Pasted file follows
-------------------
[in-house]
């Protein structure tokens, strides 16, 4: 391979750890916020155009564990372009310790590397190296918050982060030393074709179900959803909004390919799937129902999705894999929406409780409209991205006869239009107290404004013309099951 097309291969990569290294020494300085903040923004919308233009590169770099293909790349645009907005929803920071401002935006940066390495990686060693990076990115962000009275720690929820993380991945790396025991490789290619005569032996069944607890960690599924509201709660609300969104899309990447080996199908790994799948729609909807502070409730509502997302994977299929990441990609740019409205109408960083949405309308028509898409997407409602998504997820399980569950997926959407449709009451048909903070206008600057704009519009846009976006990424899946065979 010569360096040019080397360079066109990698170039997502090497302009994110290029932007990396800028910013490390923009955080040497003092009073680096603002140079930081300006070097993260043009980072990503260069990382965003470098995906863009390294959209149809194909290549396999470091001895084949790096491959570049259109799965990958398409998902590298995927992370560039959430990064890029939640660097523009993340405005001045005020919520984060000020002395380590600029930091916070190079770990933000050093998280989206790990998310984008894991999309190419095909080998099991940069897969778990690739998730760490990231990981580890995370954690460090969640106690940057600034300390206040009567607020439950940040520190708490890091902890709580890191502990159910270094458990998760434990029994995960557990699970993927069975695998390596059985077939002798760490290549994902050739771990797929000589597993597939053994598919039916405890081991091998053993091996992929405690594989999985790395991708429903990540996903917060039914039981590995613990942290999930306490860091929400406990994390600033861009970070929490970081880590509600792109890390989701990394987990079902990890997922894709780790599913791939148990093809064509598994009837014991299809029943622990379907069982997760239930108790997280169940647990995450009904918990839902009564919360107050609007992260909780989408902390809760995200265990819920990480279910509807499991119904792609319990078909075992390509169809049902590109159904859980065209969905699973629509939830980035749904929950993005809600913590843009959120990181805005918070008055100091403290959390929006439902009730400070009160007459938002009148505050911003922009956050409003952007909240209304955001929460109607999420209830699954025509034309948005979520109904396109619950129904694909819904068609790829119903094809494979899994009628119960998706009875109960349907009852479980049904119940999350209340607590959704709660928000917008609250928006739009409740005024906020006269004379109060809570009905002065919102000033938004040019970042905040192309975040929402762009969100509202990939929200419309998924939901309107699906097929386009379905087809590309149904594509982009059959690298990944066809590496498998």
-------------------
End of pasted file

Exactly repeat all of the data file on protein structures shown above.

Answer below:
[in-house]
């Protein structure tokens, strides 16, 4: 391979750890916020155009564990372009310790590397190296918050982060030393074709179900959803909004390919799937129902999705894999929406409780409209991205006869239009107290404004013309099951 097309291969990569290294020494300085903040923004919308233009590169770099293909790349645009907005929803920071401002935006940066390495990686060693990076990115962000009275720690929820993380991945790396025991490789290619005569032996069944607890960690599924509201709660609300969104899309990447080996199908790994799948729609909807502070409730509502997302994977299929990441990609740019409205109408960083949405309308028509898409997407409602998504997820399980569950997926959407449709009451048909903070206008600057704009519009846009976006990424899946065979 010569360096040019080397360079066109990698170039997502090497302009994110290029932007990396800028910013490390923009955080040497003092009073680096603002140079930081300006070097993260043009980072990503260069990382965003470098995906863009390294959209149809194909290549396999470091001895084949790096491959570049259109799965990958398409998902590298995927992370560039959430990064890029939640660097523009993340405005001045005020919520984060000020002395380590600029930091916070190079770990933000050093998280989206790990998310984008894991999309190419095909080998099991940069897969778990690739998730760490990231990981580890995370954690460090969640106690940057600034300390206040009567607020439950940040520190708490890091902890709580890191502990159910270094458990998760434990029994995960557990699970993927069975695998390596059985077939002798760490290549994902050739771990797929000589597993597939053994598919039916405890081991091998053993091996992929405690594989999985790395991708429903990540996903917060039914039981590995613990942290999930306490860091929400406990994390600033861009970070929490970081880590509600792109890390989701990394987990079902990890997922894709780790599913791939148990093809064509598994009837014991299809029943622990379907069982997760239930108790997280169940647990995450009904918990839902009564919360107050609007992260909780989408902390809760995200265990819920990480279910509807499991119904792609319990078909075992390509169809049902590109159904859980065209969905699973629509939830980035749904929950993005809600913590843009959120990181805005918070008055100091403290959390929006439902009730400070009160007459938002009148505050911003922009956050409003952007909240209304955001929460109607999420209830699954025509034309948005979520109904396109619950129904694909819904068609790829119903094809494979899994009628119960998706009875109960349907009852479980049904119940999350209340607590959704709660928000917008609250928006739009409740005024906020006269004379109060809570009905002065919102000033938004040019970042905040192309975040929402762009969100509202990939929200419309998924939901309107699906097929386009379905087809590309149904594509982009059959690298990944066809590496498998």